It’s been a while since my last update – two continents ago in fact – back in Kuala Lumpur. Since then I was back in Melbourne for 2 weeks, wrapping up loose ends from my old residency and catching up with family and friends.
As I am now officially homeless in my own homeland, it appears the ideal time to expatriate for an extended period of time. I haven’t done this since my working holiday years in the UK and Ireland. This time instead of Europe, I will be based in Southeast Asia. To get back there, I am taking the long way around, which is how I find myself in Hawaii.
There is a methodology to my going the long way around, apart from seeing some new places. I am using Hawaii as a stepping stone to Vancouver, where I will attend the TBEX conference for travel bloggers (yep, they have conventions for everything these days). From there it is onto Seattle and Portland, and then a couple of months in Mexico. I will also be trying out living in Mexico, renting a room in an apartment for a month.
When sticker shock and reverse culture shock kicks in
Maui and I didn’t get off to a good start. I didn’t know what was wrong at first, but after chatting online to anyone who would listen, I was diagnosed with reverse culture shock. I didn’t think this would happen to me, as I had just come from two weeks in Melbourne and a week in Oahu. While I experienced sticker shock in Australia, I was too busy with catching up with friends to stop and think about it. Same in Oahu, where the welcome mat was rolled out by a friend of a friend and a wonderful hotel.
My first day in Maui I finally had time to myself, and sticker shock and reverse culture shock finally set in. The thing with Maui is the towns are spread out and the public transport is limited to an infrequent bus system, so to really get around and see the highlights of the island you need to hire a car or buy an expensive minibus tour. It’s a rich mans paradise, and not very backpacker friendly. There are only a few hostels on the whole island, and I was staying in a place with not a whole lot to do and very few eating options. I had a terrible “Chinese” dinner on my first night, and I couldn’t help but think I’m over this. Where’s the sticky rice?
I got to the point where was looking online to see if I could move my flight early a few days to Vancouver. Then a random meeting with a local got me out of my funk. I got chatting with this stranger, and after about 5 minutes he asked what I was up to tomorrow, and next thing you know he had volunteered to tour guide me around the island.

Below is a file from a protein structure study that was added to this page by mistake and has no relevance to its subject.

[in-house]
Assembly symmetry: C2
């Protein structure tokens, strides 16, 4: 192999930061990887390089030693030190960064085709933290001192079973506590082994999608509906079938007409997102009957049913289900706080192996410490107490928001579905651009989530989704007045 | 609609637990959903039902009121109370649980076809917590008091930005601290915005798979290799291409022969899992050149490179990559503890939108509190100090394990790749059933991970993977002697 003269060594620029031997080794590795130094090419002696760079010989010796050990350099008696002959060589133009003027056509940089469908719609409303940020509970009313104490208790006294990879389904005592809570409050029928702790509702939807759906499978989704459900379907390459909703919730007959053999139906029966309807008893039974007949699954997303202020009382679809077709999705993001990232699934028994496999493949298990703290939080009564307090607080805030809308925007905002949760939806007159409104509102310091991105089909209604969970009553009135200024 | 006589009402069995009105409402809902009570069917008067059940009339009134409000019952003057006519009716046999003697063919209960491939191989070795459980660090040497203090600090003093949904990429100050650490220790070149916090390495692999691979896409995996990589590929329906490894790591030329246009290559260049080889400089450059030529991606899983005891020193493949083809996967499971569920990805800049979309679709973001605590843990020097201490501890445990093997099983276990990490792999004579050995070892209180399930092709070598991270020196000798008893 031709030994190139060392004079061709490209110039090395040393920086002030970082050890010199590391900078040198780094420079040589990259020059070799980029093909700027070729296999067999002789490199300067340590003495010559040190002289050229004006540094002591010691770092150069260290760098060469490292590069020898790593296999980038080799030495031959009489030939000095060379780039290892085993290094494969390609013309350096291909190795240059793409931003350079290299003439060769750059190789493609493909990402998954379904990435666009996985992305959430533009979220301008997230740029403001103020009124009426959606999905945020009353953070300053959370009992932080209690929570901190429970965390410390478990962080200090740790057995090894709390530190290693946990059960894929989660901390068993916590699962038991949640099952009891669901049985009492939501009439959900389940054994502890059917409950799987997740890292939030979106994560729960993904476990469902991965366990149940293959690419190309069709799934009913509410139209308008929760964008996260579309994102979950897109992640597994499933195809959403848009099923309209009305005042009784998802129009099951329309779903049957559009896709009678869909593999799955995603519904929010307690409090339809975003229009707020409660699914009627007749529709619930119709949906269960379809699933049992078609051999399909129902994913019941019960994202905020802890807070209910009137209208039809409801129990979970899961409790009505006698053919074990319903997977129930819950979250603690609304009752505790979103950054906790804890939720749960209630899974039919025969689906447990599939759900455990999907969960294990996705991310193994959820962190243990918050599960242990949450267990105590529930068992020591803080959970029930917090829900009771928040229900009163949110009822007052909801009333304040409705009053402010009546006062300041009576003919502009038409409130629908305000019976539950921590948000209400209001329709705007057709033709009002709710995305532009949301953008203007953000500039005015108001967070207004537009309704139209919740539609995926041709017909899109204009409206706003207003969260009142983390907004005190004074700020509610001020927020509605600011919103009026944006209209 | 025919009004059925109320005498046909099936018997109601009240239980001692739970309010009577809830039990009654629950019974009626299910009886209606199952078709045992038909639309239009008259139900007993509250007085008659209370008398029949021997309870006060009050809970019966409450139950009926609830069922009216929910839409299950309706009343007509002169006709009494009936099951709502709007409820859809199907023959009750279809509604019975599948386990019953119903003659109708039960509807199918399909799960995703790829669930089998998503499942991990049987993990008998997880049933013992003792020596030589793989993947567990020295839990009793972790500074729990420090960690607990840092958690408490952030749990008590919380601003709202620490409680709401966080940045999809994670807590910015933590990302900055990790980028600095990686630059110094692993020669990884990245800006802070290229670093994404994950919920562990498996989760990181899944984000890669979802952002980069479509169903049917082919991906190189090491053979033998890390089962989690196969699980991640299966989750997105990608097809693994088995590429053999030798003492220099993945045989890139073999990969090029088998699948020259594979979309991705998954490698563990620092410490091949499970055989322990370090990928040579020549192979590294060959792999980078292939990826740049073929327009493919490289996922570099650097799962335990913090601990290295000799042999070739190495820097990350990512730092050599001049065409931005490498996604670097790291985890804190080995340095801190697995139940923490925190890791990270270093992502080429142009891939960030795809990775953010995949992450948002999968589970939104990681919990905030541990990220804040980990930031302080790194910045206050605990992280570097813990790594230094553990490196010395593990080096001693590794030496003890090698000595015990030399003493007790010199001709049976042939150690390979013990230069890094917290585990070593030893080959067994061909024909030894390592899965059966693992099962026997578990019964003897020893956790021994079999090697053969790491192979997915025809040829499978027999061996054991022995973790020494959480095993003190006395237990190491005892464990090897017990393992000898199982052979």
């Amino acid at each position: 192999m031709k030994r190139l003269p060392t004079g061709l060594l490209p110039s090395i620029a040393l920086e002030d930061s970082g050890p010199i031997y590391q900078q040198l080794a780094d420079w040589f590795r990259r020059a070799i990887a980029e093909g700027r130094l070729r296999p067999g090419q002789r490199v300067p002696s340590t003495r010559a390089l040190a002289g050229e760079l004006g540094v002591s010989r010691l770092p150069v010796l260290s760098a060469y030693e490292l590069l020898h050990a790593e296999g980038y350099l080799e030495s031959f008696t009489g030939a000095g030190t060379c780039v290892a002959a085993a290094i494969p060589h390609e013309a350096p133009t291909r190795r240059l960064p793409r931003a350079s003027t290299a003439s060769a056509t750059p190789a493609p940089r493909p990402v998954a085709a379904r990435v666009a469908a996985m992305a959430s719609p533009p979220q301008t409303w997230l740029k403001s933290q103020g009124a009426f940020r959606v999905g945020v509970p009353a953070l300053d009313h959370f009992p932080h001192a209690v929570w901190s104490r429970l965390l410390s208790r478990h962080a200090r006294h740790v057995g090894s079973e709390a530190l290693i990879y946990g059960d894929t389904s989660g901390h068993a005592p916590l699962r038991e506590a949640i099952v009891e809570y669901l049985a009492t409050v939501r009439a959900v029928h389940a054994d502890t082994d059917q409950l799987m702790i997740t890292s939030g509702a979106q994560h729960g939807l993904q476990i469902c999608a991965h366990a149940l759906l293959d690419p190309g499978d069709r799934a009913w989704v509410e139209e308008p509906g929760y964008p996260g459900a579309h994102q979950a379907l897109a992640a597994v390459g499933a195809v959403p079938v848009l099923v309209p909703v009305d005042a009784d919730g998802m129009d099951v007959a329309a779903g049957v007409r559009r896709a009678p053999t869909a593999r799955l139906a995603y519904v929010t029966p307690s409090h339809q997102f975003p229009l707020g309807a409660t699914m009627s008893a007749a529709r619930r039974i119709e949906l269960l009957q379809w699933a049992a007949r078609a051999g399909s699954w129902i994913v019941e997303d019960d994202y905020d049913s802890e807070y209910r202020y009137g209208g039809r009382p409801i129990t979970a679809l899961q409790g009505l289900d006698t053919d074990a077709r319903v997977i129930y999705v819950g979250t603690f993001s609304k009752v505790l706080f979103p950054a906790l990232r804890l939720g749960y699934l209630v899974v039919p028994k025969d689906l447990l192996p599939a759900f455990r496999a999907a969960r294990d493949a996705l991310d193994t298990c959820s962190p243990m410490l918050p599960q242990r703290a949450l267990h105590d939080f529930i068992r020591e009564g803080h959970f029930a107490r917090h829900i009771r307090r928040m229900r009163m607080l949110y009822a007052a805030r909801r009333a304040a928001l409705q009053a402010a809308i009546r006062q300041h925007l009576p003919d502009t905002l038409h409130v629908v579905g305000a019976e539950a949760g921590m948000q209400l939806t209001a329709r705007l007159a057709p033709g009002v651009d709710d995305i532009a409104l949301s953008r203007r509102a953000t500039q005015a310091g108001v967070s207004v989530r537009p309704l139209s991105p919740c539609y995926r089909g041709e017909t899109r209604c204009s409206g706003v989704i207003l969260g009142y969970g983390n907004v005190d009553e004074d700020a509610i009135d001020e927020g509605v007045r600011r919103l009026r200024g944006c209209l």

We went to Mt Haleakala, the 10,000 feet high dormant volcano which dominates the island. It wasn’t long into the drive that Maui started to reveal its beauty to me. Jim moved from California 18 years ago and has been in love with Maui ever since. Hearing his passion for the island while seeing the natural beauty away from the towns lifted my spirits immensely. It was a win-win for both of us, as Jim hadn’t been up the volcano since he first moved out here.
[Jim at Mt Haleakala]
The next day I was taken on another tour, this time to see some of the famous Maui beaches. On the way we stopped off at Jim’s humble abode for supplies…
[Two Aussies in Maui]
Waterfront Maui awesomeness! In the picture you see one of his dogs, an Australian Cattle Dog. It turns out Jim is an Aussiephile. He has been to Australia many times and loves all things Australian. Lucky me.
As I am now homeless, it gets complicated when I get asked where I am from. I just say I am Australian, but if I get asked where I live, lately I have been saying Thailand. In another nice piece of synergy the day ended at a Thai restaurant with a bunch of his friends. Saying Sawasdee to the Thai staff and seeing and assorted Thai paraphernalia hanging from the walls put another spring in my already bouncy steps. I was telling the table of how much the price of these meals were in Thailand, to their gobsmacked amazement. Then – as usual with new people – I tried to explain my lifestyle of how I run a business while perpetually travelling around the world.
I have really experienced over the top hospitality during my time in Hawaii, but it gets crazier. When I got dropped off at the hostel Jim said next time I’m in Maui I should stay at the spare room at his place. Wow. I didn’t think I would be back, but maybe I will. Either way, I can leave Maui happy that my relationship with the island has redeemed itself after our rocky start.
So, thanks Jim, you are awesome!
[No, YOU are awsome!]